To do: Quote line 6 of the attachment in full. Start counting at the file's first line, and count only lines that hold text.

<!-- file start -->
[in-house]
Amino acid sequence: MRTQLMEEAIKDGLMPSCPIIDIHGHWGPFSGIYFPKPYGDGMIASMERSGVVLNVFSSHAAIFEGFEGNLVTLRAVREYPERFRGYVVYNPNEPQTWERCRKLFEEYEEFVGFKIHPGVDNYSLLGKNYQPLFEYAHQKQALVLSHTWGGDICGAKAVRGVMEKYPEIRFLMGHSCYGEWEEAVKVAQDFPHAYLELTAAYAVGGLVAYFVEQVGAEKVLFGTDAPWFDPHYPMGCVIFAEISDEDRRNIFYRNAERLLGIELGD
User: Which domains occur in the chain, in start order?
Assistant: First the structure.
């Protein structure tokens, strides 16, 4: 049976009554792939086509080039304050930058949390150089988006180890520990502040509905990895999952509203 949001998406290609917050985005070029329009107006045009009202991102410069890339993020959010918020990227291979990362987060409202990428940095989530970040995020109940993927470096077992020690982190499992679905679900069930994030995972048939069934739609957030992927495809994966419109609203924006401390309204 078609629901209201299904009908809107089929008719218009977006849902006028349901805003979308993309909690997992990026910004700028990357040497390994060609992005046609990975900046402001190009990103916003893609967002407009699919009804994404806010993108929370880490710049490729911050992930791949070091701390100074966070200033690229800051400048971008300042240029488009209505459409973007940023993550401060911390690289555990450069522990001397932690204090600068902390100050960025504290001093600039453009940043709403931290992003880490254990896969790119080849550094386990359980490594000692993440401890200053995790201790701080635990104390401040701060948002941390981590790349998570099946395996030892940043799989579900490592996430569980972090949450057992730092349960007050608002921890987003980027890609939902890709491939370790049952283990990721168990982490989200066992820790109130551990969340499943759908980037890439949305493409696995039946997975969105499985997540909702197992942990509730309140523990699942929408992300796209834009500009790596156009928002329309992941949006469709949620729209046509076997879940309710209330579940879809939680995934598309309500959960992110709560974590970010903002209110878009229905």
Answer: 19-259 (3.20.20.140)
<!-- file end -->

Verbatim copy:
Answer: 19-259 (3.20.20.140)